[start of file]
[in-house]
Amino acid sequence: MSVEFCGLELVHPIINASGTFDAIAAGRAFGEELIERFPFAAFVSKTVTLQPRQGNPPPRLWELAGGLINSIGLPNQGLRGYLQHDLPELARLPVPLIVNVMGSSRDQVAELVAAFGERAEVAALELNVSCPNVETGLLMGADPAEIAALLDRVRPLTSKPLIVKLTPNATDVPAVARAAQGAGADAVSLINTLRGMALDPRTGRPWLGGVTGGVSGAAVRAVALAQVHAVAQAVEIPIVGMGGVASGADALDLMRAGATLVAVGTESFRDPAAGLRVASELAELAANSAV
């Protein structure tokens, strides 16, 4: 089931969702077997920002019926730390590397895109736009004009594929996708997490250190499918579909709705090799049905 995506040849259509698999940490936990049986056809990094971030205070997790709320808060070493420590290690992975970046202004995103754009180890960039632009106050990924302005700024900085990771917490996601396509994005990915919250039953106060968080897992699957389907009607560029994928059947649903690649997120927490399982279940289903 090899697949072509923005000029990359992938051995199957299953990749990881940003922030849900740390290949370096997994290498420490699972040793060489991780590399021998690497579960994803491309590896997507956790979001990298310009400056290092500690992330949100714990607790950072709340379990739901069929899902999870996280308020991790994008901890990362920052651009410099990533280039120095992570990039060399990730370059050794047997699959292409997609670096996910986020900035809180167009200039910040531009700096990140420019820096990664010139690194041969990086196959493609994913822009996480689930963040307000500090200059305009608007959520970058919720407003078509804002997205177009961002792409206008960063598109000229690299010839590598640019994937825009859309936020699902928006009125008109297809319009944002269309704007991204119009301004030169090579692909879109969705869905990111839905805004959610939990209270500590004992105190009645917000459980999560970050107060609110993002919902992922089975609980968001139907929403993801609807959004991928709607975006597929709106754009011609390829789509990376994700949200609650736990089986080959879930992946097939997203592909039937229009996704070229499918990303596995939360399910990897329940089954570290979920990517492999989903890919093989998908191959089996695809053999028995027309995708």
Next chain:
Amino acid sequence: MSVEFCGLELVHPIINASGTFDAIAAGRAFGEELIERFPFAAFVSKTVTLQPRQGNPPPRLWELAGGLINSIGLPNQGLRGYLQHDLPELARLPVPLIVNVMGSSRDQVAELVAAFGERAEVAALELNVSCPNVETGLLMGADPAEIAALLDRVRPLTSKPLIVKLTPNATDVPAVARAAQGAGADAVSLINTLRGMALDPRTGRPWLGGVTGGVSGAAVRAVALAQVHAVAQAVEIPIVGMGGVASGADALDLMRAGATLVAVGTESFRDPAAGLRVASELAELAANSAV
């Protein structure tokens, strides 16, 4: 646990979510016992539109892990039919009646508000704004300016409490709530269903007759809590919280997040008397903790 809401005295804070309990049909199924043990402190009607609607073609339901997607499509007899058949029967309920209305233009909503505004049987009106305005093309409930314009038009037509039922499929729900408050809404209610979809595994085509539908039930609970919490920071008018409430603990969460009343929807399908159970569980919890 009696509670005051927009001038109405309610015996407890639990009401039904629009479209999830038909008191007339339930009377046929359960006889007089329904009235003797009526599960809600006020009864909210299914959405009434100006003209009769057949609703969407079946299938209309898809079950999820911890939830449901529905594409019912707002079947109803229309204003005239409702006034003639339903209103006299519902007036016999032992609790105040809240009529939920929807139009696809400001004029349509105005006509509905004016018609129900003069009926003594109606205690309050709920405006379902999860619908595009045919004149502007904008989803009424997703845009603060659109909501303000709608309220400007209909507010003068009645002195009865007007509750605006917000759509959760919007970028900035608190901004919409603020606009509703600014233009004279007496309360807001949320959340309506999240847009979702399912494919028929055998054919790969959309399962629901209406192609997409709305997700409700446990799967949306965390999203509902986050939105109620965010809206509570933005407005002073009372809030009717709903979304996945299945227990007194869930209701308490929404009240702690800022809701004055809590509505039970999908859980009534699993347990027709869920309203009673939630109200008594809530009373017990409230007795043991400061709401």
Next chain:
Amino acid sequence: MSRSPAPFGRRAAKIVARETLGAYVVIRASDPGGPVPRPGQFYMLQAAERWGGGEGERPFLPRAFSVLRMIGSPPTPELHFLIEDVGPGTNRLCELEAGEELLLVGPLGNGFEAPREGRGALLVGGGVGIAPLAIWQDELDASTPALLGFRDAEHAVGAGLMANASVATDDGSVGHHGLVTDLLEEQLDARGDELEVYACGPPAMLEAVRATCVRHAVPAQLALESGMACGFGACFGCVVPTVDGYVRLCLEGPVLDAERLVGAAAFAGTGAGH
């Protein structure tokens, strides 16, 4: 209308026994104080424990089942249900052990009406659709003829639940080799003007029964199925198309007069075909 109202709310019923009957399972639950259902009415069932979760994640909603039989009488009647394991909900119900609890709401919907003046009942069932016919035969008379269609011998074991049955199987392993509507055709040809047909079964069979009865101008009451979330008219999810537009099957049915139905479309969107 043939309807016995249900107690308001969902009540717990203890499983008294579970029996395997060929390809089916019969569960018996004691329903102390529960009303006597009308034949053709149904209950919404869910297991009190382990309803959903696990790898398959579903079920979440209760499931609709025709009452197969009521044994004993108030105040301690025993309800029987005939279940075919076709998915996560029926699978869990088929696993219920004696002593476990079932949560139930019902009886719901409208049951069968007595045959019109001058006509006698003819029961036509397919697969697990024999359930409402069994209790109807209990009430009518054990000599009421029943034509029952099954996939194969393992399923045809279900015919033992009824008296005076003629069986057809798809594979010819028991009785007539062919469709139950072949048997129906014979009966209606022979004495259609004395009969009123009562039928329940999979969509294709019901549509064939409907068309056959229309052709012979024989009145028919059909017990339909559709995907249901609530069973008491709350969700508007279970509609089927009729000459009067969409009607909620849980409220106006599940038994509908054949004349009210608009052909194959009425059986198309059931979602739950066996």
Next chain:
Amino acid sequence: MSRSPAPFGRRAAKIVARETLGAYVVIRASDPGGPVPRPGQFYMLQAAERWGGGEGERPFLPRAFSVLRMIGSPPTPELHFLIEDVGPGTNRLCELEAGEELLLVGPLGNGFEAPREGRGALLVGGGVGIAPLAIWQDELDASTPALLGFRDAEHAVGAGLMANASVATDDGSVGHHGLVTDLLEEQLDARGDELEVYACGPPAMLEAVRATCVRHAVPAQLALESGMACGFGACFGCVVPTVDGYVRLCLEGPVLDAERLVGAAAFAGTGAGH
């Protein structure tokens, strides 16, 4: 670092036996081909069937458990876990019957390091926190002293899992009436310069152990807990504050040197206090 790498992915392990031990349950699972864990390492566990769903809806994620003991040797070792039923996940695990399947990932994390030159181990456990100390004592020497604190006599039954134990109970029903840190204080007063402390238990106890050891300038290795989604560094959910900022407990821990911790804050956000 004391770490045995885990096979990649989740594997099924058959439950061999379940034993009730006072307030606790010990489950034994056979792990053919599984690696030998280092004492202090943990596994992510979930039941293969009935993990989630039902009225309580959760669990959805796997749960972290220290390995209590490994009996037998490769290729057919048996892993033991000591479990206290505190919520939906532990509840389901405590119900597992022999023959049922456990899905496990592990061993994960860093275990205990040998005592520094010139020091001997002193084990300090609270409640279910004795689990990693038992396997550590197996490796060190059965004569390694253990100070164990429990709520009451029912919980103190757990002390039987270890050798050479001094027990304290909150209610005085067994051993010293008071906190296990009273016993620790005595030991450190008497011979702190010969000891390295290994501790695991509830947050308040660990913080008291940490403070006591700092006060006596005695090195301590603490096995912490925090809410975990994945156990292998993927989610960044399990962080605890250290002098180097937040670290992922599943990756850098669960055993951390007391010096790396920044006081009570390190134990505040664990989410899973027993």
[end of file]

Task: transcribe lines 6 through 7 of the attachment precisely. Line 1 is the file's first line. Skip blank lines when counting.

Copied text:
């Protein structure tokens, strides 16, 4: 646990979510016992539109892990039919009646508000704004300016409490709530269903007759809590919280997040008397903790 809401005295804070309990049909199924043990402190009607609607073609339901997607499509007899058949029967309920209305233009909503505004049987009106305005093309409930314009038009037509039922499929729900408050809404209610979809595994085509539908039930609970919490920071008018409430603990969460009343929807399908159970569980919890 009696509670005051927009001038109405309610015996407890639990009401039904629009479209999830038909008191007339339930009377046929359960006889007089329904009235003797009526599960809600006020009864909210299914959405009434100006003209009769057949609703969407079946299938209309898809079950999820911890939830449901529905594409019912707002079947109803229309204003005239409702006034003639339903209103006299519902007036016999032992609790105040809240009529939920929807139009696809400001004029349509105005006509509905004016018609129900003069009926003594109606205690309050709920405006379902999860619908595009045919004149502007904008989803009424997703845009603060659109909501303000709608309220400007209909507010003068009645002195009865007007509750605006917000759509959760919007970028900035608190901004919409603020606009509703600014233009004279007496309360807001949320959340309506999240847009979702399912494919028929055998054919790969959309399962629901209406192609997409709305997700409700446990799967949306965390999203509902986050939105109620965010809206509570933005407005002073009372809030009717709903979304996945299945227990007194869930209701308490929404009240702690800022809701004055809590509505039970999908859980009534699993347990027709869920309203009673939630109200008594809530009373017990409230007795043991400061709401």
Next chain: